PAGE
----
|US20080108429 *||6 Nov 2006||8 May 2008||Igt||Gaming system and method having award distribution using shares|
|US20080234021 *||19 Mar 2007||25 Sep 2008||Igt||Gaming device and method of operating a gaming device including player controlled targeting|
|US20090124362 *||8 Nov 2007||14 May 2009||Igt||Gaming system, gaming device and method for providing multi-level progressive awards|
|US20090124363 *||8 Nov 2007||14 May 2009||Igt||Gaming system and method for providing team progressive awards|
|US20090186680 *||28 Oct 2008||23 Jul 2009||Gtech Corporation||System and method for facilitating the operation of a combined lottery/raffle game|
|US20090264192 *||20 Dec 2008||22 Oct 2009||Antoon Christiaan Visser||Gaming system and a method of gaming|
|US20110111860 *||12 Nov 2009||12 May 2011||Intellectual Garden, Llc||Gaming Systems Including Viral Gaming Events|
|US20110117982 *||16 Nov 2009||19 May 2011||Intellectual Garden, Llc||Asynchronous Persistent Group Bonus Game|
|US20110124404 *||31 Jan 2011||26 May 2011||Igt||Methods and apparatus for auctioning an item via a gaming device|
|US20110218032 *||17 May 2011||8 Sep 2011||Igt||Gaming system and method for providing virtual drawings|
|US20110306401 *||10 Jun 2010||15 Dec 2011||Intellectual Garden, Llc||System And Method For Supporting Second Chance Gaming|
|US20120116786 *||8 Nov 2010||10 May 2012||Eyal Losato||Method and System for a lottery ticket identification owner of the ticket by a personal telephone number|
|U.S. Classification||463/17, 273/269|
|International Classification||G06F17/00, A63F1/00, G06F, G06F19/00, A63F1/18, A63B71/00, A63F13/00, A63F9/24, G07F17/32|
|Cooperative Classification||G07F17/329, G07F17/32, G07F17/3269|
|European Classification||G07F17/32, G07F17/32P4, G07F17/32M6|
|11 Apr 2006||AS||Assignment|
Owner name: JP MORGAN CHASE BANK, N.A., NEW YORK
Free format text: SECURITY AGREEMENT;ASSIGNOR:SCIENTIFIC GAMES CORPORATION;REEL/FRAME:017448/0558
Effective date: 20060331
Owner name: JP MORGAN CHASE BANK, N.A.,NEW YORK
Free format text: SECURITY AGREEMENT;ASSIGNOR:SCIENTIFIC GAMES CORPORATION;REEL/FRAME:017448/0558
Effective date: 20060331
|20 Feb 2007||CC||Certificate of correction|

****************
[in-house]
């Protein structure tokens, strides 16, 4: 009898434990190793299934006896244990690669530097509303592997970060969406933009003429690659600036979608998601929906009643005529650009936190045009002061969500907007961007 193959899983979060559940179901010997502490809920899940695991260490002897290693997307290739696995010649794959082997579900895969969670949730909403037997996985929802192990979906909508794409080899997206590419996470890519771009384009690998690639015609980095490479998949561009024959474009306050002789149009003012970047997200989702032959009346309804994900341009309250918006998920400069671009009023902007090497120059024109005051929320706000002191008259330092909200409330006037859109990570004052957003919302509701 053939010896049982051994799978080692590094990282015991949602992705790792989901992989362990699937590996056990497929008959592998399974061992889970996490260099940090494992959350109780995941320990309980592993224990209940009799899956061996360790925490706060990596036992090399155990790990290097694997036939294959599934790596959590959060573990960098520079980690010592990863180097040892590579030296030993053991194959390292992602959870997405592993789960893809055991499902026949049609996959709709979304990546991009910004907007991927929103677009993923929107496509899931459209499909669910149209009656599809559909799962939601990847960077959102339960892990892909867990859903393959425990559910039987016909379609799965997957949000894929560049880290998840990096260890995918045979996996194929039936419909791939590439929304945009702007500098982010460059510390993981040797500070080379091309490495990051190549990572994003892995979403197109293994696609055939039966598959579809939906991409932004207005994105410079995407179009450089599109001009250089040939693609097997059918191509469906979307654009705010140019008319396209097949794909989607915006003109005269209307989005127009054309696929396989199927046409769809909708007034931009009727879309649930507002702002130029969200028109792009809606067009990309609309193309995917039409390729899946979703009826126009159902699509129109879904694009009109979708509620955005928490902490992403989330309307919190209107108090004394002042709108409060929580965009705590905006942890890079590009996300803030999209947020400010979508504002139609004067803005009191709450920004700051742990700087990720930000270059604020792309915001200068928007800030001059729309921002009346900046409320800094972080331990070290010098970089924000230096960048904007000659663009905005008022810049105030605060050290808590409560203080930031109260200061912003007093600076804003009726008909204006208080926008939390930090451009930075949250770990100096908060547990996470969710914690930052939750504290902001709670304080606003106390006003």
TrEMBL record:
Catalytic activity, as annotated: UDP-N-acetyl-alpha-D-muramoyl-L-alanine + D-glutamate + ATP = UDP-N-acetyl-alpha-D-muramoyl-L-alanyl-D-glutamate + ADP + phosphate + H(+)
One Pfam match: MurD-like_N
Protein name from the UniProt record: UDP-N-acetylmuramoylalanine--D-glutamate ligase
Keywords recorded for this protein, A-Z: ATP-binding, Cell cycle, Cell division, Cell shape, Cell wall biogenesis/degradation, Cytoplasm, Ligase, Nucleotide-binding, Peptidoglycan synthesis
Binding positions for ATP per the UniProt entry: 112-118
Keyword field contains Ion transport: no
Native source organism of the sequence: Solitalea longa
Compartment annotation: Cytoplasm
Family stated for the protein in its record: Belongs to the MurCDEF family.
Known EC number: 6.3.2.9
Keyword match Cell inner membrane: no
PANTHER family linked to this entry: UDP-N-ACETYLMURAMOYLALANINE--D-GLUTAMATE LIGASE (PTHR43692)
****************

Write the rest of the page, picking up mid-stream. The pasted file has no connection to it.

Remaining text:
|2 Aug 2007||AS||Assignment|
Owner name: SCIENTIFIC GAMES INTERNATIONAL, INC., DELAWARE
Free format text: MERGER;ASSIGNOR:SCIENTIFIC GAMES ROYALTY CORPORATION;REEL/FRAME:019638/0661
Effective date: 20061231
Owner name: SCIENTIFIC GAMES INTERNATIONAL, INC.,DELAWARE
Free format text: MERGER;ASSIGNOR:SCIENTIFIC GAMES ROYALTY CORPORATION;REEL/FRAME:019638/0661
Effective date: 20061231
|23 Jul 2008||AS||Assignment|
Owner name: JPMORGAN CHASE BANK, N.A., AS ADMINISTRATIVE AGENT
Free format text: SECURITY AGREEMENT;ASSIGNORS:SCIENTIFIC GAMES INTERNATIONAL, INC.;SCIENTIFIC GAMES CORPORATION;AUTOTOTE ENTERPRISES, INC.;AND OTHERS;REEL/FRAME:021281/0001
Effective date: 20080609
|21 Aug 2009||FPAY||Fee payment|
Year of fee payment: 4
|14 Jun 2013||FPAY||Fee payment|
Year of fee payment: 8
|21 Nov 2013||AS||Assignment|
Owner name: SCIENTIFIC GAMES INTERNATIONAL, INC., NEW YORK
Free format text: RELEASE OF SECURITY INTEREST;ASSIGNOR:JPMORGAN CHASE BANK, N.A., AS ADMINISTRATIVE AGENT;REEL/FRAME:031694/0043
Effective date: 20131018
Owner name: SCIENTIFIC GAMES CORPORATION, NEW YORK
Free format text: RELEASE OF SECURITY INTEREST;ASSIGNOR:JPMORGAN CHASE BANK, N.A., AS ADMINISTRATIVE AGENT;REEL/FRAME:031694/0043
Effective date: 20131018
|18 Dec 2013||AS||Assignment|
Owner name: BANK OF AMERICA, N.A., AS COLLATERAL AGENT, TEXAS
Free format text: SECURITY AGREEMENT;ASSIGNORS:SCIENTIFIC GAMES INTERNATIONAL, INC.;WMS GAMING INC.;REEL/FRAME:031847/0110
Effective date: 20131018
|4 Dec 2014||AS||Assignment|
Owner name: DEUTSCHE BANK TRUST COMPANY AMERICAS, AS COLLATERA
Free format text: SECURITY AGREEMENT;ASSIGNORS:BALLY GAMING, INC;SCIENTIFIC GAMES INTERNATIONAL, INC;WMS GAMING INC.;REEL/FRAME:034530/0318
Effective date: 20141121